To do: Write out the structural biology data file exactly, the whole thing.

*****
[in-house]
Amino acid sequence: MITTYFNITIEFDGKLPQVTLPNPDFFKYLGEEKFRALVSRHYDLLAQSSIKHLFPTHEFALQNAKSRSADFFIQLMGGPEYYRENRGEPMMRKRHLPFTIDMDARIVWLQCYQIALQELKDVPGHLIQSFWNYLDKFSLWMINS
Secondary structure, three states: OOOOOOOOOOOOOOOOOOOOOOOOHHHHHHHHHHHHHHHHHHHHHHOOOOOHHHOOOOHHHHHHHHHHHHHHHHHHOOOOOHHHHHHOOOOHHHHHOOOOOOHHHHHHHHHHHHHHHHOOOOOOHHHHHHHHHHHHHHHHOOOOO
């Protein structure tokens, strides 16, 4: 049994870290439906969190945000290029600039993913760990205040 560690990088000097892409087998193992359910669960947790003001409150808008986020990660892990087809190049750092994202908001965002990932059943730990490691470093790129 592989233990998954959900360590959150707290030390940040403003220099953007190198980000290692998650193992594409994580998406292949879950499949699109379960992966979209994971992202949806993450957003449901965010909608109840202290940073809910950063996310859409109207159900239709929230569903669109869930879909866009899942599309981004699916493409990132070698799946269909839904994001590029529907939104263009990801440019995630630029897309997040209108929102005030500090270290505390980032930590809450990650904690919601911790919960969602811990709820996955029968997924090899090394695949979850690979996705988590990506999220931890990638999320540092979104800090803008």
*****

[in-house]
Amino acid sequence: MITTYFNITIEFDGKLPQVTLPNPDFFKYLGEEKFRALVSRHYDLLAQSSIKHLFPTHEFALQNAKSRSADFFIQLMGGPEYYRENRGEPMMRKRHLPFTIDMDARIVWLQCYQIALQELKDVPGHLIQSFWNYLDKFSLWMINS
Secondary structure, three states: OOOOOOOOOOOOOOOOOOOOOOOOHHHHHHHHHHHHHHHHHHHHHHOOOOOHHHOOOOHHHHHHHHHHHHHHHHHHOOOOOHHHHHHOOOOHHHHHOOOOOOHHHHHHHHHHHHHHHHOOOOOOHHHHHHHHHHHHHHHHOOOOO
């Protein structure tokens, strides 16, 4: 049994870290439906969190945000290029600039993913760990205040 560690990088000097892409087998193992359910669960947790003001409150808008986020990660892990087809190049750092994202908001965002990932059943730990490691470093790129 592989233990998954959900360590959150707290030390940040403003220099953007190198980000290692998650193992594409994580998406292949879950499949699109379960992966979209994971992202949806993450957003449901965010909608109840202290940073809910950063996310859409109207159900239709929230569903669109869930879909866009899942599309981004699916493409990132070698799946269909839904994001590029529907939104263009990801440019995630630029897309997040209108929102005030500090270290505390980032930590809450990650904690919601911790919960969602811990709820996955029968997924090899090394695949979850690979996705988590990506999220931890990638999320540092979104800090803008």